Then there are non-automotive solutions for travel! Consider that, instead of going to office every day in roads that drive your blood pressure up faster than the sensex, what if you could 'beam' yourself to work! A Californian company, Suitable Technologies, has developed a telepresence system that allows a person to be virtually transported. Wow, imagine, there would be no need for special lists at airports of persons exempted from security checks, because he could simply beam himself to wherever!

But the most completely perplexing is the question why Indian cities, led by its commercial capital Mumbai, do not have mass and rapid public transport. Their political leaders have been lazy and myopic in not planning for an underground rail network, something New York city planned 80 years ago, in a manner that it still serves the cities needs, despite a multiple increase in population. As a nation we are overly hungup on private transport, and will pay a heavy price for this folly in future when petro product prices become so unaffordable that the stock of automobiles will create a disposal problem.

They now say it is too late to dig up roads to create an underground system. Okay. Why not an overhead track, as has been developed by Bangkok, a city that was seriously affected by traffic gridlock? Is it because of the need to pad costs to satisfy corrupt officials?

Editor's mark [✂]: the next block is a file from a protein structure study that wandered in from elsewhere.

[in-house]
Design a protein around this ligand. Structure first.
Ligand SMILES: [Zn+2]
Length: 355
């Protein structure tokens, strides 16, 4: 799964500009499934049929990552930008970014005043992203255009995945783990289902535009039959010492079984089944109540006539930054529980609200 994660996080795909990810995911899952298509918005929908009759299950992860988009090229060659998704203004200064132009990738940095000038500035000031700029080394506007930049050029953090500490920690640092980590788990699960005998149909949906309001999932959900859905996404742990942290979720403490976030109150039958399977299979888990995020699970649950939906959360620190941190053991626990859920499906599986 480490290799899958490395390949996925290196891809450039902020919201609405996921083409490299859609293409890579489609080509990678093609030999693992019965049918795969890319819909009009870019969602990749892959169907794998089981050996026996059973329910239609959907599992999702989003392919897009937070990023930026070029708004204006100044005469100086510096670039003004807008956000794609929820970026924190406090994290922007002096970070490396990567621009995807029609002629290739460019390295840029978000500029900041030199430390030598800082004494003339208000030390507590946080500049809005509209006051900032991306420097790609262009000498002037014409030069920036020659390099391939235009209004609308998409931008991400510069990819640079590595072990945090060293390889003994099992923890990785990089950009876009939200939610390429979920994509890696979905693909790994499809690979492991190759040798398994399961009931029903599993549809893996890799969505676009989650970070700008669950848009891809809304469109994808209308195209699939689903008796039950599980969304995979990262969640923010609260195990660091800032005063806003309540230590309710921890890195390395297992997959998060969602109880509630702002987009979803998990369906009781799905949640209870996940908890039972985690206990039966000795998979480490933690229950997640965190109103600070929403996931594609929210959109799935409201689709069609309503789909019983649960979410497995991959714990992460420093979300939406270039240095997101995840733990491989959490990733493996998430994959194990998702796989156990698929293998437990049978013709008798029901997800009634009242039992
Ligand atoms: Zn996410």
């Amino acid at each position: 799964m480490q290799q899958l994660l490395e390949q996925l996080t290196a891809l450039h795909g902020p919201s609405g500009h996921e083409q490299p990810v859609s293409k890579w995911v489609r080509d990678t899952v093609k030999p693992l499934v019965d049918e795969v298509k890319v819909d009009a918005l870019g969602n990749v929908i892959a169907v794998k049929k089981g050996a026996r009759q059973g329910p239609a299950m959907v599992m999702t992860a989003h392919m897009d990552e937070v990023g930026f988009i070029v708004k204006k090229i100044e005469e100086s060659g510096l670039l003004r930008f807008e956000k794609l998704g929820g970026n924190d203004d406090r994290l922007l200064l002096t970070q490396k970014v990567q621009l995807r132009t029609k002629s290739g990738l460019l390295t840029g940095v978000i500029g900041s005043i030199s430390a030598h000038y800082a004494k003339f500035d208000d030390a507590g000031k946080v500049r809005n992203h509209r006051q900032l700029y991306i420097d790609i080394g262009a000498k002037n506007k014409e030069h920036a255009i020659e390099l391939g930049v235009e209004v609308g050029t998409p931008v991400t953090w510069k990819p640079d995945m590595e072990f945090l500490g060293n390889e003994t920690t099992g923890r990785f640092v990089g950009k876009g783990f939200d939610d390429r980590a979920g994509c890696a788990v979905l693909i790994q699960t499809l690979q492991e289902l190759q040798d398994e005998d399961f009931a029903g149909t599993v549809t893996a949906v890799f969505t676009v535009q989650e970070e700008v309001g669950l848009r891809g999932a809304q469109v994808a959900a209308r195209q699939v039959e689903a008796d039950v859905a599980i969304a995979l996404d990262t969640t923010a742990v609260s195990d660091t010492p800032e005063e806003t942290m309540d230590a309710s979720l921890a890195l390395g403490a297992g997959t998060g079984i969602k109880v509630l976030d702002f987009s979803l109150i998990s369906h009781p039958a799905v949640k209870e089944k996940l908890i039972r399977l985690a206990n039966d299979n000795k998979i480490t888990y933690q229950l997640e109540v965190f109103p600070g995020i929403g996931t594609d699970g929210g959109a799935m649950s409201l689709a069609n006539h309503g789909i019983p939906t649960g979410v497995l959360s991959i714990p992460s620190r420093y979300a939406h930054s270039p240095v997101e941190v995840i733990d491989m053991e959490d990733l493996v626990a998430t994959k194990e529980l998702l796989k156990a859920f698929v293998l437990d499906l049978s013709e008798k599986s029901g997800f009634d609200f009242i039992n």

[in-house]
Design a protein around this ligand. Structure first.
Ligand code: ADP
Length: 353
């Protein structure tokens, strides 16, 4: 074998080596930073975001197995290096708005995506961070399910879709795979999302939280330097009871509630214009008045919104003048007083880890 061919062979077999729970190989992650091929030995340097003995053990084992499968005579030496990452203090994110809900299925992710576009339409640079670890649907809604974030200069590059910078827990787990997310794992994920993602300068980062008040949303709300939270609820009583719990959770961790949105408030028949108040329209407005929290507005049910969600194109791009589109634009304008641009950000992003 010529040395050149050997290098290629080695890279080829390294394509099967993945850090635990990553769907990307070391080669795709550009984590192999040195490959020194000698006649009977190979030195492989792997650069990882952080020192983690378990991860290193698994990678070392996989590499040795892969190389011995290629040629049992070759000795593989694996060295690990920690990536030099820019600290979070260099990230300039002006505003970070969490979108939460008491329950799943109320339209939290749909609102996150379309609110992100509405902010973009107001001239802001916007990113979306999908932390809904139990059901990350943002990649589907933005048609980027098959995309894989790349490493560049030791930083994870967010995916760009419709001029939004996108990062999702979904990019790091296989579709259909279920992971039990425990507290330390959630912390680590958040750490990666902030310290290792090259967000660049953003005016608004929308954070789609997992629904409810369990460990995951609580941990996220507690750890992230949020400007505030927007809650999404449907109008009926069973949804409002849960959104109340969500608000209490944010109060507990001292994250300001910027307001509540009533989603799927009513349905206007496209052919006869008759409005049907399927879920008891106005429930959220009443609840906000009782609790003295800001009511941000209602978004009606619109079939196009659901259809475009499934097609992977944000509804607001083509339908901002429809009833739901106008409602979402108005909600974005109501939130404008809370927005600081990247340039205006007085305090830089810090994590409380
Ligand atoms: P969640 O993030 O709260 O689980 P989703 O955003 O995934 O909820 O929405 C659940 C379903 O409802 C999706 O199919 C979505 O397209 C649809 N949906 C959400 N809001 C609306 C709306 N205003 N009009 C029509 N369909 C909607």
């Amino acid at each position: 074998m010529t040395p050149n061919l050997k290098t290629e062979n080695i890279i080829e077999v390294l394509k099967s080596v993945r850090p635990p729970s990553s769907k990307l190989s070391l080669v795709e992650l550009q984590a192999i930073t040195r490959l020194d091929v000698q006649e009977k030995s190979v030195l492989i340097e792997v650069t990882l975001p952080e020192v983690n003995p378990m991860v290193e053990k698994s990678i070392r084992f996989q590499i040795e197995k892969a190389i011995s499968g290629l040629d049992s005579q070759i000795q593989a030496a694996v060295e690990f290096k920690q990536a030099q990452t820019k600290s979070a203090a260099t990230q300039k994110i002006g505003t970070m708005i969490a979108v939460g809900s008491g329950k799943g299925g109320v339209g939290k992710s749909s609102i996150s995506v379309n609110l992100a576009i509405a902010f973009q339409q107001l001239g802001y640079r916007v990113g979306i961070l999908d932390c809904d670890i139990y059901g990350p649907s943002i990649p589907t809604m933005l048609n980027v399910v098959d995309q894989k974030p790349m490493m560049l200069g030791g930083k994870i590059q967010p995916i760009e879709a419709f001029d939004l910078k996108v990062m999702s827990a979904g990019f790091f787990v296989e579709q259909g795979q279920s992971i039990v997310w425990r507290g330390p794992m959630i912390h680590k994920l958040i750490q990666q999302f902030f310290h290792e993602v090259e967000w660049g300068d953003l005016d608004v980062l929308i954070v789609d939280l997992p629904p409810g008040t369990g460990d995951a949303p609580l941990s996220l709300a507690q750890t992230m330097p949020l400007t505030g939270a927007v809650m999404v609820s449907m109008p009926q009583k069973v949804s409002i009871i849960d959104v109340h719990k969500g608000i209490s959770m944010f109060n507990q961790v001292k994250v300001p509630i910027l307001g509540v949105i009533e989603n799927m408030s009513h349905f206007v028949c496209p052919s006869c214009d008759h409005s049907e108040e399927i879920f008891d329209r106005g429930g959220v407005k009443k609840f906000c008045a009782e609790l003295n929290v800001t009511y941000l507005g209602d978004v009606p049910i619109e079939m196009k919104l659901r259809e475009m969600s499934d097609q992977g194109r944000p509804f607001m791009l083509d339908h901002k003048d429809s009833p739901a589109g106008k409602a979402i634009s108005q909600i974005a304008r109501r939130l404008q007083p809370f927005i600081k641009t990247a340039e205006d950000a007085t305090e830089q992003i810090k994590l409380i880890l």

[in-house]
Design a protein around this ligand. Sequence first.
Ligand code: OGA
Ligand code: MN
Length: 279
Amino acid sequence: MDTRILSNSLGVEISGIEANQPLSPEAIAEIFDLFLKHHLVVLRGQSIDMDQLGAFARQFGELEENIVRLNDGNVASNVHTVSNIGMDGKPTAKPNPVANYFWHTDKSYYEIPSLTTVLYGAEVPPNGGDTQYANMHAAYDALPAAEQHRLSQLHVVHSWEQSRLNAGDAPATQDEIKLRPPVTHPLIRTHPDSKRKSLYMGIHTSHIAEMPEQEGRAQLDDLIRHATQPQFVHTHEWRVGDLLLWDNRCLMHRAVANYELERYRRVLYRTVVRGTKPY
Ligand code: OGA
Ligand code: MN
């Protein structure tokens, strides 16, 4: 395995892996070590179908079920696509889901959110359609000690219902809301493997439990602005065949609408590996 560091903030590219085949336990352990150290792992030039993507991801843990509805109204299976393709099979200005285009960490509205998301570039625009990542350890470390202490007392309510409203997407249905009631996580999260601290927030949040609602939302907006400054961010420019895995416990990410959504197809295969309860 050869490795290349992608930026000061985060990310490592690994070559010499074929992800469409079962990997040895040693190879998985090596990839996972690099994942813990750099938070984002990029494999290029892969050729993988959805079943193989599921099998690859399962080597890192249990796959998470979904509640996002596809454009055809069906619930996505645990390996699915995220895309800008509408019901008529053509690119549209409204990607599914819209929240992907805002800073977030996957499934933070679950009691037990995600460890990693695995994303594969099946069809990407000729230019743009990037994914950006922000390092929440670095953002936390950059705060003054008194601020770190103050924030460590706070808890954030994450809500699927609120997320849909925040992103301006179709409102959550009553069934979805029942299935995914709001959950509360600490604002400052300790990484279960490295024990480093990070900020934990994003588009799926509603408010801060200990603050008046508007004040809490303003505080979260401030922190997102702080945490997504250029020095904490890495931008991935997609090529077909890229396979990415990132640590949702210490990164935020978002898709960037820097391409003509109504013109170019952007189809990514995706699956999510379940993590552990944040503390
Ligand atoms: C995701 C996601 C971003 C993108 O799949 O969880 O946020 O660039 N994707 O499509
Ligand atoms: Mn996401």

In corporate developments, a Hyderabad High Court has, on a complaint by GMR of a bounced cheque, issued a non bailable arrest warrant against Vijay Mallya, whose Kingfisher Airlines issued the cheque to GMR for use of airport facilities. Coincidentally, the GMR group offices were raided by tax authorities.

The developed countries are following an easy money policy to kick start economic growth, whereas developing ones, such as India and China, more concerned about inflation, have a high interest rate policy. The interest rate differential is attracting some to borrow in $ and repay in Rs. The Essar group has been granted RBI permission to do so and Essar Steel ($470m.) and Essar Oil ($1b.) will borrow abroad to repay rupee loans. This obviously imposes on them a currency risk and one hope they are not caught with an adverse currency fluctuation, as were many companies that had earlier issued FCCBs. Suzlon, for example, is on the verge of defaulting on its FX loans.